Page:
“I think we’re ready. Look, it’s been three years since the Supreme Court allowed states to move forward on sports betting. Since then you went from two states — New Jersey and Nevada — that had sports betting markets to 30. And again, almost all of our neighbors in almost all the states in the Northeast now have it,” Lesser, the Senate chair of the Economic Development Committee, said Thursday morning on NESN. “So it’s time. It’s time for Massachusetts to do this.”

The House and Senate are expected to take a summer break soon and it’s unclear when the Senate plans to take up a sports betting bill. Like the House, the Senate largely takes its workload one week at a time.

Though he said he thought the end of 2021 is a realistic expectation for sports betting to launch in Massachusetts, Lesser said “the Senate will, may or may not take something up in the near future.”

The House approved sports betting legalization last summer as part of an economic development bill, but the Senate turned down multiple opportunities to do the same. Lesser told the regional sports network that senators will likely key in on problem gaming and consumer protections if or when they debate the issue this session.

“It is, at the end of the day, a gambling product, and we do need to remember that. We have a lot of senators that are concerned about that and want to make sure that people who might have an addiction, people who might fall prey to bad activity, are protected,” he said. “So we’re going to make sure that any bill … has a lot of consumer protections in place and really sets a high standard for the quality of play.”

Sen. Cynthia Creem, the majority leader, is among those in the Senate who opposed casino gambling and have said they are not enthusiastic about sports betting. Creem said last session that she would be inclined to oppose its legalization and Sen. Jamie Eldridge, another casino gambling opponent, said he will work to prevent the state’s casinos from being allowed to take bets on sporting events.

Senate President Karen Spilka was among the opponents of a push to legalize casino gambling in 2010 before leading the successful effort in 2011 to get a redrafted casino bill passed and signed into law.

“There will be a lot of discussion,” she said in March, referring to sports betting. “I know a lot of members have had various ideas and thoughts about it, whether to do it or not do it, or how to do it. So there will be a lot of debate and discussion about it.”

Gov. Charlie Baker, who would be asked to sign any sports betting bill the Legislature passes, filed his own bill (H 70) to legalize the activity and has repeatedly written $35 million in sports betting revenue into his annual budget proposals.

The Gaming Commission, which would write the specific regulations for sports betting and oversee the activity under nearly every proposal on Beacon Hill, has remained neutral in the sports betting debate, but Executive Director Karen Wells has said the agency is doing what it can now to prepare for the possibility that it gets a new responsibility.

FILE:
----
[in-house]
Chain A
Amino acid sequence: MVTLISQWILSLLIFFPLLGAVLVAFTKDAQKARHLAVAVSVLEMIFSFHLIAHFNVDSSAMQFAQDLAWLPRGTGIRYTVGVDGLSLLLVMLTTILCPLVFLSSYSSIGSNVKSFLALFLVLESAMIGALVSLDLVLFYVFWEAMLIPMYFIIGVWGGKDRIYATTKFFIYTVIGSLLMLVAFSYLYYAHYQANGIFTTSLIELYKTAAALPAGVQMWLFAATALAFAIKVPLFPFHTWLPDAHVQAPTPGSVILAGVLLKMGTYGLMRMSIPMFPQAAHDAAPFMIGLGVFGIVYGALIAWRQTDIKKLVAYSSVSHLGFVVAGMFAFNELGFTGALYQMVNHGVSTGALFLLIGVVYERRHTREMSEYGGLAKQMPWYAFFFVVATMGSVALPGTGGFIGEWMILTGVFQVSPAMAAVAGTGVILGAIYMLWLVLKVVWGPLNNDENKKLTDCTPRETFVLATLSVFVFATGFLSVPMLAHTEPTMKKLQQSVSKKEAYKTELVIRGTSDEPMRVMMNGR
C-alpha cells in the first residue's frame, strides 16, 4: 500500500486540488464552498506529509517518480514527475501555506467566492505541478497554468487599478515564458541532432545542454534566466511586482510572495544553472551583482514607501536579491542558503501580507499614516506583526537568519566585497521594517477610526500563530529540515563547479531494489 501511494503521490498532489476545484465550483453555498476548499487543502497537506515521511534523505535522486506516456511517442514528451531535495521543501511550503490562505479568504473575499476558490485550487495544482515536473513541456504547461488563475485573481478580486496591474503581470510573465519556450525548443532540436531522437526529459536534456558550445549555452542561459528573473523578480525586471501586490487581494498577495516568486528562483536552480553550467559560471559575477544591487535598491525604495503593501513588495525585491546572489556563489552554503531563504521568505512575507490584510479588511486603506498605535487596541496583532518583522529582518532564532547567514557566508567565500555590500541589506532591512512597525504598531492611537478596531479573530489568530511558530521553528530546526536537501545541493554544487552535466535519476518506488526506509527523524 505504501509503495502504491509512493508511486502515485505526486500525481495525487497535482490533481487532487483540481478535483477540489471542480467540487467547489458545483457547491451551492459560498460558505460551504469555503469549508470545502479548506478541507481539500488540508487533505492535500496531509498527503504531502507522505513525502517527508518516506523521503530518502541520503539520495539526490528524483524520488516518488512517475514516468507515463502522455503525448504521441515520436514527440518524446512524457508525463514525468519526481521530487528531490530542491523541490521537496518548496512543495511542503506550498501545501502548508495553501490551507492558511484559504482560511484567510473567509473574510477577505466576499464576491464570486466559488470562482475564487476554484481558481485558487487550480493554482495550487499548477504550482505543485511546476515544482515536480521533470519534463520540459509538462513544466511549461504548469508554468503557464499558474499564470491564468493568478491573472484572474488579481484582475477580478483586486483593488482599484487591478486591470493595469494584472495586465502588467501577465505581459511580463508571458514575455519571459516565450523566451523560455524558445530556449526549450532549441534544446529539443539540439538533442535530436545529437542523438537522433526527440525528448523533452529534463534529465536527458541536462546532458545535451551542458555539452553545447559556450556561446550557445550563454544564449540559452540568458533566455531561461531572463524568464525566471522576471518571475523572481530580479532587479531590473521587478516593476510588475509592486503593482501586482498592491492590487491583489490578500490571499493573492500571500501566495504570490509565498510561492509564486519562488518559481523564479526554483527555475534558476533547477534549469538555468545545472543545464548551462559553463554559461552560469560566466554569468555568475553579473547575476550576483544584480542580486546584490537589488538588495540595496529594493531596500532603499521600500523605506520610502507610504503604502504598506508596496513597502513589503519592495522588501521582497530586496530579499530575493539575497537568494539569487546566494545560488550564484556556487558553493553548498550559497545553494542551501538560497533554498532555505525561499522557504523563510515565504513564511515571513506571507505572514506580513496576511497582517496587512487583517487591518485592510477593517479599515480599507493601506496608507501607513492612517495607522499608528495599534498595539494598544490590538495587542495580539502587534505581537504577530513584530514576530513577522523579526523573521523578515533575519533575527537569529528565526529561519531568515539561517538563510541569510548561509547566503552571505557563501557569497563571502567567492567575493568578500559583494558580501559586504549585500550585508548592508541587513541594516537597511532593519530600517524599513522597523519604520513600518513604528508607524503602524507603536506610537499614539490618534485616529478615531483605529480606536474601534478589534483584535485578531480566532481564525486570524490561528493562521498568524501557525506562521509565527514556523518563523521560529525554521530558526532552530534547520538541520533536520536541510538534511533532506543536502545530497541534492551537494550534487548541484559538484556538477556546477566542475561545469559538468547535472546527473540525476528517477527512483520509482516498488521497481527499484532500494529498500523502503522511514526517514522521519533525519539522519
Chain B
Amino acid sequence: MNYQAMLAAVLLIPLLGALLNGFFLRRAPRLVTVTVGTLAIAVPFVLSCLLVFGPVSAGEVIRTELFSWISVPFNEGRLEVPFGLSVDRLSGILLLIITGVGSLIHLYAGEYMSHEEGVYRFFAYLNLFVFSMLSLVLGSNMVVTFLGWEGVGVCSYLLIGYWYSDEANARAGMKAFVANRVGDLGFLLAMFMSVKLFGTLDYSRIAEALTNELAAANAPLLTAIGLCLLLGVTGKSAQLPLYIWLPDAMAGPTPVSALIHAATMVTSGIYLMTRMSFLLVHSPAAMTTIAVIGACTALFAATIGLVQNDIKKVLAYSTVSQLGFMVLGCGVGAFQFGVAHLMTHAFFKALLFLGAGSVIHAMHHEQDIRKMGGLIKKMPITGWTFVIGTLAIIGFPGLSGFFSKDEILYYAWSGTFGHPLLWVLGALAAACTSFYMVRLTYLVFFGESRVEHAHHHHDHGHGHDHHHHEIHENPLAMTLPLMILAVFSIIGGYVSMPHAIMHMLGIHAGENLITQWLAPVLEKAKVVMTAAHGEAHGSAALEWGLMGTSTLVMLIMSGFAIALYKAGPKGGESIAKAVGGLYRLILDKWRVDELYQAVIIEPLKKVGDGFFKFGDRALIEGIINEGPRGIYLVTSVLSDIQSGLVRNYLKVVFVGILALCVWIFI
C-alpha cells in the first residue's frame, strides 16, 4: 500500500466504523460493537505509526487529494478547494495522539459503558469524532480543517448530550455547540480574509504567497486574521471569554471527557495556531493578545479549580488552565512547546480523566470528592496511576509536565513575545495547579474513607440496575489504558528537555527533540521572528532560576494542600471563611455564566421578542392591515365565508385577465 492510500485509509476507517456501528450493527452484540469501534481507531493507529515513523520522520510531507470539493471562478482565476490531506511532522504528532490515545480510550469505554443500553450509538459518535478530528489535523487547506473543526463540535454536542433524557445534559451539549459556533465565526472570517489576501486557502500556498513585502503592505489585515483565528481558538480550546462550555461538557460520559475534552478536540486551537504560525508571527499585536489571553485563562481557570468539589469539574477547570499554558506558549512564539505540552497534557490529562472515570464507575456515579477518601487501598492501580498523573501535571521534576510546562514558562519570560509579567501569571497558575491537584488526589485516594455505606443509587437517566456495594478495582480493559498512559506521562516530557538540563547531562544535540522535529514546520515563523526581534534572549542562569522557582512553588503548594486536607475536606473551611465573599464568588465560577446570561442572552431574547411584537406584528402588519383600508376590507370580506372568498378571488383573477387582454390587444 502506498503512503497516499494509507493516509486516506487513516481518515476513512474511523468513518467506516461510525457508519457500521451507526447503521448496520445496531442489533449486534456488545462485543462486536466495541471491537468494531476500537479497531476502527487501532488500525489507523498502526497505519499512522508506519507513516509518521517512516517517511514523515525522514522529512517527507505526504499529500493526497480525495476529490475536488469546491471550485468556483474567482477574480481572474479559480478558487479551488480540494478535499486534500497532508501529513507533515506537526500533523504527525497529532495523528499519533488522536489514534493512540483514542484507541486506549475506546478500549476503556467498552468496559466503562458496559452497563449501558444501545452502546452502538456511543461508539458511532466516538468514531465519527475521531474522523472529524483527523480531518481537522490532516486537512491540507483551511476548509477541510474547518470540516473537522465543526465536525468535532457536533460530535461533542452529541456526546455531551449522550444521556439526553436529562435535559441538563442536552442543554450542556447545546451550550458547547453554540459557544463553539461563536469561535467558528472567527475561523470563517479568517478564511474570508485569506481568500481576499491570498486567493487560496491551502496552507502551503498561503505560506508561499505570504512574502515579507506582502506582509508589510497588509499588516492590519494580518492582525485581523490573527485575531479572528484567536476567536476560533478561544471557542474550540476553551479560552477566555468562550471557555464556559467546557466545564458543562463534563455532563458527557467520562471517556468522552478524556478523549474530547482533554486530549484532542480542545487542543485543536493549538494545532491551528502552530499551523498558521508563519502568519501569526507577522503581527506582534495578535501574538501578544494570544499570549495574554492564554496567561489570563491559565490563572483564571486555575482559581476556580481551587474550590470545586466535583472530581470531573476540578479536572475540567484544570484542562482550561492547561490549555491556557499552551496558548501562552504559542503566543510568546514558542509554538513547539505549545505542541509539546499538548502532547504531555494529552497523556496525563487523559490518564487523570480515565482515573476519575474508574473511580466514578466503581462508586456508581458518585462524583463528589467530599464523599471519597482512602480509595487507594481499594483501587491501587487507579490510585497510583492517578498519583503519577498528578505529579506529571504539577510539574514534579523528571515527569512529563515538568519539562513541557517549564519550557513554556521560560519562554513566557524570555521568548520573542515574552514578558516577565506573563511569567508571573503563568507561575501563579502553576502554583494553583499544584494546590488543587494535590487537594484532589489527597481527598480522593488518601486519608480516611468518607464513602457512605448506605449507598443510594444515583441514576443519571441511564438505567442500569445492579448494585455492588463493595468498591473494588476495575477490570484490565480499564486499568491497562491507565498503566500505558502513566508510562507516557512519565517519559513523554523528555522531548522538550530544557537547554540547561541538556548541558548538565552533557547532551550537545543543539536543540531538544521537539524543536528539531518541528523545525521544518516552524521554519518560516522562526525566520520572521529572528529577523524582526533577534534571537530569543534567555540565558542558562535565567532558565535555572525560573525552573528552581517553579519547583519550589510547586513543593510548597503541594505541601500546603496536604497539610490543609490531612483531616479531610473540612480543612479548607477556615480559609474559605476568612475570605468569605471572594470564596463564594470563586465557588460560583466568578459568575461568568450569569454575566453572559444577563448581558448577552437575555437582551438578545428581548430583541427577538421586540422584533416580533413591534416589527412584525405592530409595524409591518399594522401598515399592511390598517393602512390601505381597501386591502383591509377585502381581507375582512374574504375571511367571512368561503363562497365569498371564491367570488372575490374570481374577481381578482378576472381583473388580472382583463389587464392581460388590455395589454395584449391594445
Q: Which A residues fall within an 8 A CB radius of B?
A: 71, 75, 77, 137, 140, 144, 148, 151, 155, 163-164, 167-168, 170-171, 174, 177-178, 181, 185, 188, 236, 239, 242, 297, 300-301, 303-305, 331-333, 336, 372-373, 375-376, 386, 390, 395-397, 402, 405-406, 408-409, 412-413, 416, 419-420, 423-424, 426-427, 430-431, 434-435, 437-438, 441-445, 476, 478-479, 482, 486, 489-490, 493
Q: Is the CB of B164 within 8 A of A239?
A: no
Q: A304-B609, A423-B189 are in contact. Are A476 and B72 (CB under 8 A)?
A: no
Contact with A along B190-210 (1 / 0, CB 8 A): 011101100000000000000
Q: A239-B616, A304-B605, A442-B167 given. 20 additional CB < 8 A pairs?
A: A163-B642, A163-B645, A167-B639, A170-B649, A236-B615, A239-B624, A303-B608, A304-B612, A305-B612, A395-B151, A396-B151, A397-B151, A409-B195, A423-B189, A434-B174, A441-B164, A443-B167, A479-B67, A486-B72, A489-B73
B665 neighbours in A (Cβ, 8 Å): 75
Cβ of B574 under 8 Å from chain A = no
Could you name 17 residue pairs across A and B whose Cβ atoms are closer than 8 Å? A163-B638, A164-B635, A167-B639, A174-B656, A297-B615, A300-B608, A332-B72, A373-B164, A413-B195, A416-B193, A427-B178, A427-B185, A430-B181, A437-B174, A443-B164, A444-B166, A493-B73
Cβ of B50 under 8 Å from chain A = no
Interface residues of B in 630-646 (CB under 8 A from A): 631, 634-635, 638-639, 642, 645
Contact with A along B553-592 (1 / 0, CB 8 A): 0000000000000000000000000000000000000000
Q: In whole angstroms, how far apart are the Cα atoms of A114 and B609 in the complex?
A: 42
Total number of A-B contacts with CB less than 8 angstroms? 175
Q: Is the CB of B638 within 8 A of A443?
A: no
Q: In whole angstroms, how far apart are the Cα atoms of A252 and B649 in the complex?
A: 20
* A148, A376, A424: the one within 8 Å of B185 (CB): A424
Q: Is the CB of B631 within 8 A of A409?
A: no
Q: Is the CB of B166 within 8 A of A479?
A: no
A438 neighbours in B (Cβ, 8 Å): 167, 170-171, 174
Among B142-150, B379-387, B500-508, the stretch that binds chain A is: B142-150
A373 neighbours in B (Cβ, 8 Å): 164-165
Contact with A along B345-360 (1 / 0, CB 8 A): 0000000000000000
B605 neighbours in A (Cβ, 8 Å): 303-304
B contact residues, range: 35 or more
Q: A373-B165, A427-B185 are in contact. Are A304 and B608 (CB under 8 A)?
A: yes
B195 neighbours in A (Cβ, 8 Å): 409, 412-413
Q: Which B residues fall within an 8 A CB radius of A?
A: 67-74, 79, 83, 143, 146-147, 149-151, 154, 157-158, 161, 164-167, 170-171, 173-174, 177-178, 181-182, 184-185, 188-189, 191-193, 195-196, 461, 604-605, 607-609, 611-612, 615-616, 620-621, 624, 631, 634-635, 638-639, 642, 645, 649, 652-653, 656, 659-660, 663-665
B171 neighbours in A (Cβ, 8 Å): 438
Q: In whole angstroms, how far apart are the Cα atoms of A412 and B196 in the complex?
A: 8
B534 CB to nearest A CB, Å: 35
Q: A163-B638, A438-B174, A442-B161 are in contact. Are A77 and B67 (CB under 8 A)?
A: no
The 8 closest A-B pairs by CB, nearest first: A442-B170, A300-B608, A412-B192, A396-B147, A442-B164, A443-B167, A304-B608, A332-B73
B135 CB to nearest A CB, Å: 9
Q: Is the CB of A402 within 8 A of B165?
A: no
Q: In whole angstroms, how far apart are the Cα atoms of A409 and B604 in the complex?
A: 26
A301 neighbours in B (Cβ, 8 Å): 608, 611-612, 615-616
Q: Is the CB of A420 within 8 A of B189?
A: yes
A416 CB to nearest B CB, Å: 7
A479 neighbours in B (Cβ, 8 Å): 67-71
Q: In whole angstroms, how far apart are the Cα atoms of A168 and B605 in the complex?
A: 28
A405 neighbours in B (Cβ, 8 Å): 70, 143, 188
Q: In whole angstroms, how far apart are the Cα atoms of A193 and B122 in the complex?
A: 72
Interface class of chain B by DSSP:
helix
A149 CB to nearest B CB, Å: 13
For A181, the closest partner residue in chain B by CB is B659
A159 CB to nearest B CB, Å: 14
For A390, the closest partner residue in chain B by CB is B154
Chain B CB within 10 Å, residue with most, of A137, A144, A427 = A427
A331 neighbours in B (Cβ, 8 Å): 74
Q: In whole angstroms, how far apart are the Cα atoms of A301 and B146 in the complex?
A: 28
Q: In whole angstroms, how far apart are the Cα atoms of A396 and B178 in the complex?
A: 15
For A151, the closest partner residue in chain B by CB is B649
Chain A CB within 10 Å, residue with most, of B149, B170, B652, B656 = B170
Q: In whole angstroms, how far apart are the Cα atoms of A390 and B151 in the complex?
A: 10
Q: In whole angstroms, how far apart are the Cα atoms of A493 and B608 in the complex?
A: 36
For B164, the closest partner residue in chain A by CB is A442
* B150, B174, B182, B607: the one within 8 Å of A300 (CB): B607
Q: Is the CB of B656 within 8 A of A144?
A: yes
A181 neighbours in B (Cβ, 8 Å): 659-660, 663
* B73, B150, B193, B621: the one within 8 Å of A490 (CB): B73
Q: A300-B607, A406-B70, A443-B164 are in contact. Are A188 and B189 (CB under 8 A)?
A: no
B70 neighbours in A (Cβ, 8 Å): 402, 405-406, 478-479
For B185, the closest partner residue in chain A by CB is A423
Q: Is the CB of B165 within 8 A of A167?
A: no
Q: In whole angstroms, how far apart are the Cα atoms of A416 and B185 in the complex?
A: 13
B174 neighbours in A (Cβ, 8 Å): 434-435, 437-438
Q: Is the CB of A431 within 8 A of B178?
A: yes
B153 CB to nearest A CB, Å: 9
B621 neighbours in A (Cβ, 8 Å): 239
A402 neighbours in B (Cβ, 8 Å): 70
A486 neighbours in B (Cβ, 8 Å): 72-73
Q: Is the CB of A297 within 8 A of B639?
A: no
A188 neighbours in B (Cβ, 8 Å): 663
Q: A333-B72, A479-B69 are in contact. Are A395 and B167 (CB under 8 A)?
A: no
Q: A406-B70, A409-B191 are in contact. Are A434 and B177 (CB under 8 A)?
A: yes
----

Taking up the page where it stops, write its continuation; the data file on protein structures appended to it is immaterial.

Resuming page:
“We recognize that there is a significant interest in getting this going. I hear these representatives and senators talking about the finances and the money to the commonwealth, so we recognize there’s a public interest in us getting going as soon as we can,” she said last month during a hearing on the topic.

Massachusetts Ballot Campaign Taking Shape For Voter ID Proposal

Michael P. Norton
State House News Service

Massachusetts voters would be required to present identification to prove their identity at polling places, under an initiative petition that the head of the state Republican Party hopes to place on the 2022 statewide ballot. MassGOP Chairman Jim Lyons, a former state representative, announced the campaign in a Sunday, July 4 email in which he put out the call for at least 2,000 volunteers to help gather enough signatures to qualify the measure for the ballot.

“What’s clear to me, after serving eight years as a state lawmaker, is that Beacon Hill will never so much as debate the merits of voter ID laws, and that’s why we’re taking this question straight to the people,” Lyons wrote. In his email, Lyons linked to a Monmouth University Polling Institute survey in which 80 percent of respondents expressed support for requiring voters to show a photo identification in order to vote. The telephone poll was conducted from June 9 to June 14, with 810 adults in the United States.

Beacon Hill Republicans over the years have repeatedly pushed voter ID bills, which have failed to gain sufficient support to make it out of the Democrat-controlled Election Laws Committee. The coming debate over early voting and mail-in voting could give voter ID supporters a chance to offer their proposal. Opponents of voter ID proposals have asserted they could discourage eligible voters from casting ballots. Organizers behind initiative petition campaigns must file their proposed language, along with signatures from 10 registered voters, by the first Wednesday in August (Aug. 4 this year) to get in the running for next year’s ballot. Petitioners must collect an initial round of 80,239 voter signatures by early December, and a second round of 13,374 signatures next spring in order to keep their petitions on the 2022 ballot track.

Massachusetts Governor Baker Nominates James Budreau and Brian Glenny as Associate Justices of the Superior Court